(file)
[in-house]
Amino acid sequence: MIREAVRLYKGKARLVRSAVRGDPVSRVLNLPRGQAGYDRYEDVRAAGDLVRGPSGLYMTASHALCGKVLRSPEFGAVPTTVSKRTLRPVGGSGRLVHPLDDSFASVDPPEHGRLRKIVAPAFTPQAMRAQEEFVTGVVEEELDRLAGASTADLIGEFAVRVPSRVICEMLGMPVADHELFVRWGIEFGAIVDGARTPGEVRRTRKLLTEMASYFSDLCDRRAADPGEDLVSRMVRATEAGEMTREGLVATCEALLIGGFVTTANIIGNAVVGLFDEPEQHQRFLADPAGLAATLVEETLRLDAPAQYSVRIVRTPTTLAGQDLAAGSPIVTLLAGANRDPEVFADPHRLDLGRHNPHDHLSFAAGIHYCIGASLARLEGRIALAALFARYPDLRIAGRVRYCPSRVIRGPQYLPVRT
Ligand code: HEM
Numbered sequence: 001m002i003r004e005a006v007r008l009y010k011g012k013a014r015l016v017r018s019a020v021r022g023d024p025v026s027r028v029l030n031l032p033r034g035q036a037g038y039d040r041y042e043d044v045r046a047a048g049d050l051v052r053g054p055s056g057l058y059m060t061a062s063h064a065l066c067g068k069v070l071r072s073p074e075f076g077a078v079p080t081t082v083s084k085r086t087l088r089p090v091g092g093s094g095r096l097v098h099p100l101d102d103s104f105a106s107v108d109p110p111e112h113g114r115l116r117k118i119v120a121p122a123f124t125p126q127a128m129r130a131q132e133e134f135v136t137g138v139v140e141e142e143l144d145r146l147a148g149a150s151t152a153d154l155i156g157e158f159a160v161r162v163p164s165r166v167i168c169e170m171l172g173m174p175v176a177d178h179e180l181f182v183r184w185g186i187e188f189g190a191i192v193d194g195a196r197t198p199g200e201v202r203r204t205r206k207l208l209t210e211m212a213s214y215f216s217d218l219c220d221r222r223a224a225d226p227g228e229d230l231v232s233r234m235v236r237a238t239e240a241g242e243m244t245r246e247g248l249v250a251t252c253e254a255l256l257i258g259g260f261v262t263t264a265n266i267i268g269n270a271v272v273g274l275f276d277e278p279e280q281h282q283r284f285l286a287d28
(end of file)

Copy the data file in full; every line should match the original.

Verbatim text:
[in-house]
Amino acid sequence: MIREAVRLYKGKARLVRSAVRGDPVSRVLNLPRGQAGYDRYEDVRAAGDLVRGPSGLYMTASHALCGKVLRSPEFGAVPTTVSKRTLRPVGGSGRLVHPLDDSFASVDPPEHGRLRKIVAPAFTPQAMRAQEEFVTGVVEEELDRLAGASTADLIGEFAVRVPSRVICEMLGMPVADHELFVRWGIEFGAIVDGARTPGEVRRTRKLLTEMASYFSDLCDRRAADPGEDLVSRMVRATEAGEMTREGLVATCEALLIGGFVTTANIIGNAVVGLFDEPEQHQRFLADPAGLAATLVEETLRLDAPAQYSVRIVRTPTTLAGQDLAAGSPIVTLLAGANRDPEVFADPHRLDLGRHNPHDHLSFAAGIHYCIGASLARLEGRIALAALFARYPDLRIAGRVRYCPSRVIRGPQYLPVRT
Ligand code: HEM
Numbered sequence: 001m002i003r004e005a006v007r008l009y010k011g012k013a014r015l016v017r018s019a020v021r022g023d024p025v026s027r028v029l030n031l032p033r034g035q036a037g038y039d040r041y042e043d044v045r046a047a048g049d050l051v052r053g054p055s056g057l058y059m060t061a062s063h064a065l066c067g068k069v070l071r072s073p074e075f076g077a078v079p080t081t082v083s084k085r086t087l088r089p090v091g092g093s094g095r096l097v098h099p100l101d102d103s104f105a106s107v108d109p110p111e112h113g114r115l116r117k118i119v120a121p122a123f124t125p126q127a128m129r130a131q132e133e134f135v136t137g138v139v140e141e142e143l144d145r146l147a148g149a150s151t152a153d154l155i156g157e158f159a160v161r162v163p164s165r166v167i168c169e170m171l172g173m174p175v176a177d178h179e180l181f182v183r184w185g186i187e188f189g190a191i192v193d194g195a196r197t198p199g200e201v202r203r204t205r206k207l208l209t210e211m212a213s214y215f216s217d218l219c220d221r222r223a224a225d226p227g228e229d230l231v232s233r234m235v236r237a238t239e240a241g242e243m244t245r246e247g248l249v250a251t252c253e254a255l256l257i258g259g260f261v262t263t264a265n266i267i268g269n270a271v272v273g274l275f276d277e278p279e280q281h282q283r284f285l286a287d28